Young children have a remarkable skill: they can recognise numbers of things without counting.  This is called subitising, and it develops from a very early age.

Snack and mealtimes present many opportunities for children to practise counting or subitising at nursery as they find ‘how many’. The context of food and drink provides a real and important reason to know ‘how many’ as they need to make sure that everyone gets their food and drink and in the correct amounts. At Granby Parkgate it is interesting to see how children use their mathematical understanding in this context.


Children can count (or subitise for smaller numbers) how many people there are and how many utensils there are for the meal or snack (e.g., plates, bowls, spoons, or cups). They can also count (or subitise) to find how many food items there are available (such as toast pieces, orange segments, carrot sticks, pots of yoghurt) or how many they need to get for themselves (get three crackers from the packet or bowl).  After we encourage children to help us tidy up by stacking the cups or plates in 3s or they might tell us how many crackers are left for next time.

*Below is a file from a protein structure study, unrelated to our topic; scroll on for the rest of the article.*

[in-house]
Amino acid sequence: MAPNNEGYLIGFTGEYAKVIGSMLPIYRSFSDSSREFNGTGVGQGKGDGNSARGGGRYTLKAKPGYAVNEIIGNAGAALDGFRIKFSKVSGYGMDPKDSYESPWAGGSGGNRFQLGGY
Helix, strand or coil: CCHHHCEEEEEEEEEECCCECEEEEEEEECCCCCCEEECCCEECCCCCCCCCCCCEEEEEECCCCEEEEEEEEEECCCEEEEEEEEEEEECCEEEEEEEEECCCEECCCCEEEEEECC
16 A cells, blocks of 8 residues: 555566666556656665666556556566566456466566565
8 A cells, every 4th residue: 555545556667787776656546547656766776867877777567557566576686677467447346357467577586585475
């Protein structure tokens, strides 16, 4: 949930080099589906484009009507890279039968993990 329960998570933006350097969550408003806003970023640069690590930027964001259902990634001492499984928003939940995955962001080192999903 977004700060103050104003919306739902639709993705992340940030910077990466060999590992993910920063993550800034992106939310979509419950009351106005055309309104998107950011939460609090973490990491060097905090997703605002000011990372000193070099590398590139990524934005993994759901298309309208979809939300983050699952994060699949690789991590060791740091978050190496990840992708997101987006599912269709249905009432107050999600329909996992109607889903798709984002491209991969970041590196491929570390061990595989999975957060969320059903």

Subitising can be all around us, from counting or seeing the number of legs an insect has or points on a star.


See if you can think of different ways to support your child’s subitising skills in your home or when out and about.


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